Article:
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JEDDAH, Saudi Arabia: When Saudi Arabiaâs ban on women driving ended on Sunday, fashion designer Eman Joharjy and her friends drove to Jeddahâs seafront where they exchanged their car for bicycles.
The colorful, embroidered jumpsuit abayas they donned stood out among the sea of women wearing similar loose-fitting full-length robes but in the traditional black. Yet no one stopped them. Women in this deeply conservative Muslim kingdom are rapidly gaining more freedoms under a reform agenda spearheaded by young Crown Prince Mohammed bin Salman, who wants to transform the economy of the worldâs top oil exporter and open up its cloistered society.
The government recently allowed women to join the security forces and no longer requires them to have a male relativeâs consent to open a business. And while now they can drive, they still need permission to get married and travel abroad. Prince Mohammed laid the ground two years for many social changes, including the return of cinemas and public concerts, two years ago by curbing the powers of the religious police, who used to stop women on the streets and tell them to cover up.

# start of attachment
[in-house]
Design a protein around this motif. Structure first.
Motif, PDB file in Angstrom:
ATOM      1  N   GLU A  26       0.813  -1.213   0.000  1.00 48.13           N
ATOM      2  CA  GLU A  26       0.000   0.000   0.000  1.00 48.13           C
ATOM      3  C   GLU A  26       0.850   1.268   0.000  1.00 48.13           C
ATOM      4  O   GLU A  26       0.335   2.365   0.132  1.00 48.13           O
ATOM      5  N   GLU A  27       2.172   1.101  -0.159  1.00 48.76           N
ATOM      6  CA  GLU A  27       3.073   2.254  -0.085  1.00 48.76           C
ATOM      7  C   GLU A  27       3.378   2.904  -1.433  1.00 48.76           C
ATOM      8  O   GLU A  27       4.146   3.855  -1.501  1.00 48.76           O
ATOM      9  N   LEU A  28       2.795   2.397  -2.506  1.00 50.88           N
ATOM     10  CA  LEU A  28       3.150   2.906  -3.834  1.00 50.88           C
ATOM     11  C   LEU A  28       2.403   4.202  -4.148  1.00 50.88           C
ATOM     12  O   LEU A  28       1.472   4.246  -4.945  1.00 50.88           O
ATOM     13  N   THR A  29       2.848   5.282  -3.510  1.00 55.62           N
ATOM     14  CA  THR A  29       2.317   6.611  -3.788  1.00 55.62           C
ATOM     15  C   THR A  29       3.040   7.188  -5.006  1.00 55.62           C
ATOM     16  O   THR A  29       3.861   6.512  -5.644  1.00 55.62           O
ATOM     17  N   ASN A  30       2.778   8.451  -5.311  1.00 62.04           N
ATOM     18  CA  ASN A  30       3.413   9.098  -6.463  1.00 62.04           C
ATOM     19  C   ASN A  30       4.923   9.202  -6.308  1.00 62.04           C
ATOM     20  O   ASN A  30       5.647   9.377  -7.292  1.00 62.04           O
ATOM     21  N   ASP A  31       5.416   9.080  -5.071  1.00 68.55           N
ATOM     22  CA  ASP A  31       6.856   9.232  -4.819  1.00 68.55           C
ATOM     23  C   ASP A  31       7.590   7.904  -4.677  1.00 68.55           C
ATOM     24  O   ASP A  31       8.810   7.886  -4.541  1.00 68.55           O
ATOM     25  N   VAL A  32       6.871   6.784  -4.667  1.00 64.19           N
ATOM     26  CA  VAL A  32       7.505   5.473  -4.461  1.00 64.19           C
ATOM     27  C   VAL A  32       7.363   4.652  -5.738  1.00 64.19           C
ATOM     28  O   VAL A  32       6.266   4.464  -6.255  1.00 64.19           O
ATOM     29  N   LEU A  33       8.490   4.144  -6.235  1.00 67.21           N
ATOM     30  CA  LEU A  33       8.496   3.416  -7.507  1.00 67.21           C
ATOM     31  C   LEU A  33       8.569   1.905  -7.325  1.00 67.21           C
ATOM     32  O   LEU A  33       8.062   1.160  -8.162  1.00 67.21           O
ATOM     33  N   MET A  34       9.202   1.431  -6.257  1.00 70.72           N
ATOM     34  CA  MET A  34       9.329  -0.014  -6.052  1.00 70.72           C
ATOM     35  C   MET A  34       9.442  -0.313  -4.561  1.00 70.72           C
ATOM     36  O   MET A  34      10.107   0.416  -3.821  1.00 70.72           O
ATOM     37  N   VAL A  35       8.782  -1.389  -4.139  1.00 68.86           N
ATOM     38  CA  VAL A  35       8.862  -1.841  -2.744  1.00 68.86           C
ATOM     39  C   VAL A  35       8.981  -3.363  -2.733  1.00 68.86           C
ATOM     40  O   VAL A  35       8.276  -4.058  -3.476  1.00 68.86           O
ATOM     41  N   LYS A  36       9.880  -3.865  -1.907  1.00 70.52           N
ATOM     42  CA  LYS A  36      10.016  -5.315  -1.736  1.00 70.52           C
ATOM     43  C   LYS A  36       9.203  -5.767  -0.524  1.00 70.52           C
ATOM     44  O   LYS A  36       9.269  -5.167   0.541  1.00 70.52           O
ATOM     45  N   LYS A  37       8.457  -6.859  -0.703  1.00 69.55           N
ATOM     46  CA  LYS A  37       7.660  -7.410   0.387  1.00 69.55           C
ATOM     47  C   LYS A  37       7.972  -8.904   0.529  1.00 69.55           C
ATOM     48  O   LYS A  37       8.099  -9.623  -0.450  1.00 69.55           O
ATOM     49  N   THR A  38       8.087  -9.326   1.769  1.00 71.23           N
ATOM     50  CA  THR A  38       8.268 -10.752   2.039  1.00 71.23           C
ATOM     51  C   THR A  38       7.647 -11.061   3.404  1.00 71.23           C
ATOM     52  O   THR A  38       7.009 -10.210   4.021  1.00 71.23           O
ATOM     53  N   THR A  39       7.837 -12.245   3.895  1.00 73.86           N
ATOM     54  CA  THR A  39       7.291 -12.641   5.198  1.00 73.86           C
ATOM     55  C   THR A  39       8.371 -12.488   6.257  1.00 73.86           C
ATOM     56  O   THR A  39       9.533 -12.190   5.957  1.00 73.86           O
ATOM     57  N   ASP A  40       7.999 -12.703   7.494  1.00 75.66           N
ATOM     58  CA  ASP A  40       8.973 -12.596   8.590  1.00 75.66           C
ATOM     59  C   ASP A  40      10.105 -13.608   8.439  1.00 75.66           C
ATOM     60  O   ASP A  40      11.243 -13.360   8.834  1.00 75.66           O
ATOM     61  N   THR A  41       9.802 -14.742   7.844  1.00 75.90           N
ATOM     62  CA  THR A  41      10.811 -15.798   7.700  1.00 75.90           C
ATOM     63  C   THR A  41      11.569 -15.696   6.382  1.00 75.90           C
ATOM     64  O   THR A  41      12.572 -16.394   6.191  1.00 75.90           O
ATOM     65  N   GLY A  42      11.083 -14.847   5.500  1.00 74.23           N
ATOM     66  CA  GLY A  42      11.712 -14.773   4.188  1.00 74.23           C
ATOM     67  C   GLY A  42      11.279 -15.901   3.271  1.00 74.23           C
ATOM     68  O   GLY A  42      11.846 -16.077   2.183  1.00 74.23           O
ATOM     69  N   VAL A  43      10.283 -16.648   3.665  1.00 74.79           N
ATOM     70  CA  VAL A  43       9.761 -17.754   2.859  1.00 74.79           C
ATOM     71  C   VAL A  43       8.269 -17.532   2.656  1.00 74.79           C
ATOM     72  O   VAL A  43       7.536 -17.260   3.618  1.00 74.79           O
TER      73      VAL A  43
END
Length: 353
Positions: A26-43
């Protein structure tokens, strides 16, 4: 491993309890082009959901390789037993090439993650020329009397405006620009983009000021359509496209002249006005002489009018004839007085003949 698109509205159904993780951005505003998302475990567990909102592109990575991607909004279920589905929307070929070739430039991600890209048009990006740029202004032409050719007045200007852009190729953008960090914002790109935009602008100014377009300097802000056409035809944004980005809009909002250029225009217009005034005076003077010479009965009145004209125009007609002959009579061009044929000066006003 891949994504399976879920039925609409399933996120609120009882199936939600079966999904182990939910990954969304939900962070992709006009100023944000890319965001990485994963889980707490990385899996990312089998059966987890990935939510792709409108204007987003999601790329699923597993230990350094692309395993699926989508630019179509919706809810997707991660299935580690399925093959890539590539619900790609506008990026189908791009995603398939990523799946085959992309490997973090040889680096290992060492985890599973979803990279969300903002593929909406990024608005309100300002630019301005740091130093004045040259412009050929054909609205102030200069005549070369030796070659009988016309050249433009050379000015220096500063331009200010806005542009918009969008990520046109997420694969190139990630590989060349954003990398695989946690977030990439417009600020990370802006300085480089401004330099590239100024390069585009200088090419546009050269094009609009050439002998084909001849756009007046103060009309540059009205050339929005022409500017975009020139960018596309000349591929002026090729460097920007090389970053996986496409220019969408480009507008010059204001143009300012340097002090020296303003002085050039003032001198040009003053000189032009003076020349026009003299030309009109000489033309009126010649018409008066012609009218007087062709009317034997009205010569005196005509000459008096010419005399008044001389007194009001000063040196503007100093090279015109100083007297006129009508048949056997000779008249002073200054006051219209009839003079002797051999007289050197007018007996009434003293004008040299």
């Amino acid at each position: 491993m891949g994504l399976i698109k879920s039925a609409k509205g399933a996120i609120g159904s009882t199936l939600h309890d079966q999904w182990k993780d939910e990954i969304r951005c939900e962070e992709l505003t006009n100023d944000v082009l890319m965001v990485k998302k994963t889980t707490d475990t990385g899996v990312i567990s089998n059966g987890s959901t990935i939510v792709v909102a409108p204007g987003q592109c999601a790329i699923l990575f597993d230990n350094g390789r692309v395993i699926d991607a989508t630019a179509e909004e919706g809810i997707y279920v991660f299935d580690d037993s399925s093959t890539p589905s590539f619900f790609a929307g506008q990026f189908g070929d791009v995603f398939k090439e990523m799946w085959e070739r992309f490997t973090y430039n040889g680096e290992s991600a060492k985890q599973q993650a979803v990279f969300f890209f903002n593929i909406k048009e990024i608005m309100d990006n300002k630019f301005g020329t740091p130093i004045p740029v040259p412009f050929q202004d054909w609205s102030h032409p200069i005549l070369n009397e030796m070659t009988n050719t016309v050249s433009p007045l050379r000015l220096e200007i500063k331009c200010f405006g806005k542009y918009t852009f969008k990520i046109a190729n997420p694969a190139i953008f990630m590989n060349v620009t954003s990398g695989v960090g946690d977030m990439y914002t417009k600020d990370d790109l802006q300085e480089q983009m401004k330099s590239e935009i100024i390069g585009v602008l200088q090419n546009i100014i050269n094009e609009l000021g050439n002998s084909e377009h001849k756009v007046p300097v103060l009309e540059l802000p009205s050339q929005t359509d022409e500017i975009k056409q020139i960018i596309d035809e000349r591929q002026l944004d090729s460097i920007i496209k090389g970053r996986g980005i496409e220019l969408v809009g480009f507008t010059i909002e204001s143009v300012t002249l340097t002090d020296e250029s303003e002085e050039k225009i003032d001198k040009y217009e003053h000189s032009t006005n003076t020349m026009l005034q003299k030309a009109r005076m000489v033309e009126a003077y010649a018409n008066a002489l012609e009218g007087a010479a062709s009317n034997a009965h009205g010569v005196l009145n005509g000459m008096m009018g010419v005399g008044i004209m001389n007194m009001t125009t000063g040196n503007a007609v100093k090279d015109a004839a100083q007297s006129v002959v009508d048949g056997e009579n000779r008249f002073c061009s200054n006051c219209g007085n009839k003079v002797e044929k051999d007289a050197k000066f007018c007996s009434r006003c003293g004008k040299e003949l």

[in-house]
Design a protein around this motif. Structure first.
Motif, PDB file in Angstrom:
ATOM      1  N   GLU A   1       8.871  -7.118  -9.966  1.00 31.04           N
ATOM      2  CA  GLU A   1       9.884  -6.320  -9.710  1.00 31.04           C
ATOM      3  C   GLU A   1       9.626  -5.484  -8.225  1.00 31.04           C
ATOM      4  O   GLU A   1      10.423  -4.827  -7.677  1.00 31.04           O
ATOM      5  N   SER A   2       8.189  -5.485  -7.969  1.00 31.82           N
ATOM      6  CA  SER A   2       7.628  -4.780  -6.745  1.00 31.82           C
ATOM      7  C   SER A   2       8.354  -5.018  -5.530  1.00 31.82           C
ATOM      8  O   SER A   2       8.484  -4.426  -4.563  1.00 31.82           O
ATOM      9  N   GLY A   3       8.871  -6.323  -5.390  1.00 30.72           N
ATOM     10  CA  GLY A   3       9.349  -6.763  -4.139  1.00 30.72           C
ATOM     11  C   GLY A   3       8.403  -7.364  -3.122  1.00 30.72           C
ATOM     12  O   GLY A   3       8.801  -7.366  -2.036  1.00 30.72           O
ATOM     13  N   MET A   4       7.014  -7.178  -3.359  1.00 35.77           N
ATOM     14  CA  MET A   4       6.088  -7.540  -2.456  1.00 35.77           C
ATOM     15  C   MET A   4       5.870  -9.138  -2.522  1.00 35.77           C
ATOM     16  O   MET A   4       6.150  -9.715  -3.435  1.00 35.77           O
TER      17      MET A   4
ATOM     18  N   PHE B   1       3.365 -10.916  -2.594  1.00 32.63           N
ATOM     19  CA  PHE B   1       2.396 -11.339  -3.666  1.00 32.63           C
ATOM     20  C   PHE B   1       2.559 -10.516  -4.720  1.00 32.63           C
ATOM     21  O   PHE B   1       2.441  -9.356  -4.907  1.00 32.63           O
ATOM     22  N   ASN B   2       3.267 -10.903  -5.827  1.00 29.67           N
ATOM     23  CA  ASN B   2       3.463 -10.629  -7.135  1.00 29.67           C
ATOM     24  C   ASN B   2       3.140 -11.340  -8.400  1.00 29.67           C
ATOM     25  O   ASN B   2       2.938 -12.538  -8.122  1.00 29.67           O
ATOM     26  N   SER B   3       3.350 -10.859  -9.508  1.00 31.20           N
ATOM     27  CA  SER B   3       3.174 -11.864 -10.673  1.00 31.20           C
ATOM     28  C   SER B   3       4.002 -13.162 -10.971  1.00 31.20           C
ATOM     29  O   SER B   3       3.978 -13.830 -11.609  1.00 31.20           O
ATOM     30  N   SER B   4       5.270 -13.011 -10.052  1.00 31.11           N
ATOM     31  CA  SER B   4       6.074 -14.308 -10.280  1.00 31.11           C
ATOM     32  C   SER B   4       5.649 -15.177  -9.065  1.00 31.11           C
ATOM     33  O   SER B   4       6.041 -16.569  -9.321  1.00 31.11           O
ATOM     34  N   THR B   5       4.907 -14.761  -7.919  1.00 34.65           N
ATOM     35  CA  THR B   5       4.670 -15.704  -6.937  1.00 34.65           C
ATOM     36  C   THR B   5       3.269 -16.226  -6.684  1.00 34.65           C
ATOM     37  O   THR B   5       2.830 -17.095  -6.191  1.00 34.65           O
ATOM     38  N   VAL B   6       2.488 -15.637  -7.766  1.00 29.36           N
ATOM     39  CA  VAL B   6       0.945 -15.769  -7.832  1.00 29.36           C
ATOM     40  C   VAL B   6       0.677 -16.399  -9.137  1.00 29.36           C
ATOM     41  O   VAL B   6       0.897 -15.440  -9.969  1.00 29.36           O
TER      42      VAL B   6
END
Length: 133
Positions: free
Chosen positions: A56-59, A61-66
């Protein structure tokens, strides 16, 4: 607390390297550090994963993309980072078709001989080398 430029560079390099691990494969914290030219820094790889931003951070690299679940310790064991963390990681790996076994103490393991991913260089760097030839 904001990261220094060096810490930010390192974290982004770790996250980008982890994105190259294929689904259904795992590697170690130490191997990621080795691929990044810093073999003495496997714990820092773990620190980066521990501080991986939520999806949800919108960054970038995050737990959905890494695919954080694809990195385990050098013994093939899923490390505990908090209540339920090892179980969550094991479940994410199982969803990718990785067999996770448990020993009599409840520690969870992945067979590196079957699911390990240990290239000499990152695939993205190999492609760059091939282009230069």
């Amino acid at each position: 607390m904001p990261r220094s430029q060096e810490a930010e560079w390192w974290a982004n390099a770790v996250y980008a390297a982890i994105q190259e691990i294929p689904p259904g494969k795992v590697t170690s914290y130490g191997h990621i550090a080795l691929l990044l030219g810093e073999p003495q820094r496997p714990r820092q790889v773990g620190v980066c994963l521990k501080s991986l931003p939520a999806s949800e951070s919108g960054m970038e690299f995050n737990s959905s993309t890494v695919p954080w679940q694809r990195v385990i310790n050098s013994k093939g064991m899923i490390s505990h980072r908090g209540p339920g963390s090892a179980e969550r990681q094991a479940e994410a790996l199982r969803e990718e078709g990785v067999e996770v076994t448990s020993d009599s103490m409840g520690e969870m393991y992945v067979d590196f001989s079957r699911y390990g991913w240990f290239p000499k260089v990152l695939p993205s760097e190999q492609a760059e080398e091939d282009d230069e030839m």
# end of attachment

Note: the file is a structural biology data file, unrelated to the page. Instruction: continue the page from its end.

These days at sunset, as the Arabian heat eases, women do sports along the promenade. âWomen feel encouraged by the government support. They are telling them, âYou can go run and play sportsâ,â said Joharjy. âBut letâs change from a sedentary society to a more active one.â
In 2007, frustrated by a lack of abayas made for running or cycling, Joharjy designed one for herself. She began making them for friends and selling what she dubbed the âsporty abayaâ.
Colourful racks display designs for different activities like the driving abaya, which features a hoodie, tight elbows to prevent the sleeves from catching on the steering wheel, and shorter lengths to make switching pedals easier. Most importantly for Joharjy, there is no trace of black. âThey reflect freedom and the willingness to embrace life and make it easy for the modern woman,â she said. âBesides, women love color.â
She is optimistic that Saudi Arabiaâs strict social rules will ease further. But she still believes that many women will continue to wear the abaya in one form or another. For her, the robe is like the Indian sari, a symbol of cultural heritage rather than religion. âIt is protection,â she said. âIt protects us from the sun and naughty guys.â